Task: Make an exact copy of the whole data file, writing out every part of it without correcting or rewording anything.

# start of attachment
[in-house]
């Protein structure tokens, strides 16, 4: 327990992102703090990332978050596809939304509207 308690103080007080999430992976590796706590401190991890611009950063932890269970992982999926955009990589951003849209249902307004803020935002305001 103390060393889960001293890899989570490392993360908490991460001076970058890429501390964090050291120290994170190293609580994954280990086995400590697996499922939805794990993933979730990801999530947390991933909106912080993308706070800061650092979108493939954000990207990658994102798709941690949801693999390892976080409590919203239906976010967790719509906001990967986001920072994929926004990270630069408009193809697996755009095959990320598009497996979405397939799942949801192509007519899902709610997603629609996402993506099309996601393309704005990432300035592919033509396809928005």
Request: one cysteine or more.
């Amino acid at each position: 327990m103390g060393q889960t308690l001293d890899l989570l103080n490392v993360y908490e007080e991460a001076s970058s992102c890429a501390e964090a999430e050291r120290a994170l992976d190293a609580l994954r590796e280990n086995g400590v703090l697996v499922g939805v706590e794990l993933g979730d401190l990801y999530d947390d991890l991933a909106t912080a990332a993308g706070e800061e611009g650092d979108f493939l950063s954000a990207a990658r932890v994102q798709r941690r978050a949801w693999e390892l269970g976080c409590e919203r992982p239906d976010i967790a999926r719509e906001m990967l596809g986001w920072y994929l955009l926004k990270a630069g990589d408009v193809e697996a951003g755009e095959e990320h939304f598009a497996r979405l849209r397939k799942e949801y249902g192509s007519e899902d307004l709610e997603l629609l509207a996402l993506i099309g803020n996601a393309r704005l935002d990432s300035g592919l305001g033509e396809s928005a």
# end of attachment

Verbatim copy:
[in-house]
């Protein structure tokens, strides 16, 4: 327990992102703090990332978050596809939304509207 308690103080007080999430992976590796706590401190991890611009950063932890269970992982999926955009990589951003849209249902307004803020935002305001 103390060393889960001293890899989570490392993360908490991460001076970058890429501390964090050291120290994170190293609580994954280990086995400590697996499922939805794990993933979730990801999530947390991933909106912080993308706070800061650092979108493939954000990207990658994102798709941690949801693999390892976080409590919203239906976010967790719509906001990967986001920072994929926004990270630069408009193809697996755009095959990320598009497996979405397939799942949801192509007519899902709610997603629609996402993506099309996601393309704005990432300035592919033509396809928005």
Request: one cysteine or more.
């Amino acid at each position: 327990m103390g060393q889960t308690l001293d890899l989570l103080n490392v993360y908490e007080e991460a001076s970058s992102c890429a501390e964090a999430e050291r120290a994170l992976d190293a609580l994954r590796e280990n086995g400590v703090l697996v499922g939805v706590e794990l993933g979730d401190l990801y999530d947390d991890l991933a909106t912080a990332a993308g706070e800061e611009g650092d979108f493939l950063s954000a990207a990658r932890v994102q798709r941690r978050a949801w693999e390892l269970g976080c409590e919203r992982p239906d976010i967790a999926r719509e906001m990967l596809g986001w920072y994929l955009l926004k990270a630069g990589d408009v193809e697996a951003g755009e095959e990320h939304f598009a497996r979405l849209r397939k799942e949801y249902g192509s007519e899902d307004l709610e997603l629609l509207a996402l993506i099309g803020n996601a393309r704005l935002d990432s300035g592919l305001g033509e396809s928005a």